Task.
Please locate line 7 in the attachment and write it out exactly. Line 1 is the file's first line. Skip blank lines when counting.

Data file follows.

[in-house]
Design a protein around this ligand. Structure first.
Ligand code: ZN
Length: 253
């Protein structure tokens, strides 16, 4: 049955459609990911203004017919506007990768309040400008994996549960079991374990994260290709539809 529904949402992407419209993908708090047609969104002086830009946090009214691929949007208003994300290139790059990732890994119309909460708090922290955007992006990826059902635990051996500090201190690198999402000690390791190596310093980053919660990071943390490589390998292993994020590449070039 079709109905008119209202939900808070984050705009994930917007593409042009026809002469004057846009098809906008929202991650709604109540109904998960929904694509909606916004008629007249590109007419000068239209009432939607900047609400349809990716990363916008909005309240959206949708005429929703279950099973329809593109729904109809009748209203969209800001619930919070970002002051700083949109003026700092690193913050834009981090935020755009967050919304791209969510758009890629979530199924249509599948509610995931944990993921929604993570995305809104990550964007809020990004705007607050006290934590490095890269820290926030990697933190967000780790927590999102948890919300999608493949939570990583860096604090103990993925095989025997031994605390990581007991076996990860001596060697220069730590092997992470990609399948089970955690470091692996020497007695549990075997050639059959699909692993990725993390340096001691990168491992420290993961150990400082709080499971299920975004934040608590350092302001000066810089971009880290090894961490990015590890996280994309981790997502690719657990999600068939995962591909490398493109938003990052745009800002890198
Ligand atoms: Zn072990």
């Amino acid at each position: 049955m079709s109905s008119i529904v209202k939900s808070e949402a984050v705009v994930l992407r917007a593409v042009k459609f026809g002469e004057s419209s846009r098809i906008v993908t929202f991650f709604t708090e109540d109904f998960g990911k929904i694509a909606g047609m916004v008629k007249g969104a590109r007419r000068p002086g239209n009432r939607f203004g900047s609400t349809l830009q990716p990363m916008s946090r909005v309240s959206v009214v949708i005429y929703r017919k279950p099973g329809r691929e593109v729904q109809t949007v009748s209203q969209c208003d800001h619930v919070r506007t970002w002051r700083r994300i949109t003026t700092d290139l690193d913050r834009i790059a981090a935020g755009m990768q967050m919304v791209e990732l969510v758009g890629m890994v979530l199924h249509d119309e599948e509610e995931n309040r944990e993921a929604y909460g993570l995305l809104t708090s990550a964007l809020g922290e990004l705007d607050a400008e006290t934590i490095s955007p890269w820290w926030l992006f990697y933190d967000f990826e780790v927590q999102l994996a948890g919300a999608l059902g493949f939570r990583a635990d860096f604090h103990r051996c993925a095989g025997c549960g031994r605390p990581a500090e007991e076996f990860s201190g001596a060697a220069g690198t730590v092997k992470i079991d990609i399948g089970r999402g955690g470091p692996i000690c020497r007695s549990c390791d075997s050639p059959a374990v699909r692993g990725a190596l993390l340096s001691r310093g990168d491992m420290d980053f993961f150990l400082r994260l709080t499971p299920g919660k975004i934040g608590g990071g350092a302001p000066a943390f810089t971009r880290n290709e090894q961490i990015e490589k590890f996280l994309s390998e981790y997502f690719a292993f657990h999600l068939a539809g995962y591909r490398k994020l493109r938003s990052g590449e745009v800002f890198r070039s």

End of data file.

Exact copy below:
């Amino acid at each position: 049955m079709s109905s008119i529904v209202k939900s808070e949402a984050v705009v994930l992407r917007a593409v042009k459609f026809g002469e004057s419209s846009r098809i906008v993908t929202f991650f709604t708090e109540d109904f998960g990911k929904i694509a909606g047609m916004v008629k007249g969104a590109r007419r000068p002086g239209n009432r939607f203004g900047s609400t349809l830009q990716p990363m916008s946090r909005v309240s959206v009214v949708i005429y929703r017919k279950p099973g329809r691929e593109v729904q109809t949007v009748s209203q969209c208003d800001h619930v919070r506007t970002w002051r700083r994300i949109t003026t700092d290139l690193d913050r834009i790059a981090a935020g755009m990768q967050m919304v791209e990732l969510v758009g890629m890994v979530l199924h249509d119309e599948e509610e995931n309040r944990e993921a929604y909460g993570l995305l809104t708090s990550a964007l809020g922290e990004l705007d607050a400008e006290t934590i490095s955007p890269w820290w926030l992006f990697y933190d967000f990826e780790v927590q999102l994996a948890g919300a999608l059902g493949f939570r990583a635990d860096f604090h103990r051996c993925a095989g025997c549960g031994r605390p990581a500090e007991e076996f990860s201190g001596a060697a220069g690198t730590v092997k992470i079991d990609i399948g089970r999402g955690g470091p692996i000690c020497r007695s549990c390791d075997s050639p059959a374990v699909r692993g990725a190596l993390l340096s001691r310093g990168d491992m420290d980053f993961f150990l400082r994260l709080t499971p299920g919660k975004i934040g608590g990071g350092a302001p000066a943390f810089t971009r880290n290709e090894q961490i990015e490589k590890f996280l994309s390998e981790y997502f690719a292993f657990h999600l068939a539809g995962y591909r490398k994020l493109r938003s990052g590449e745009v800002f890198r070039s």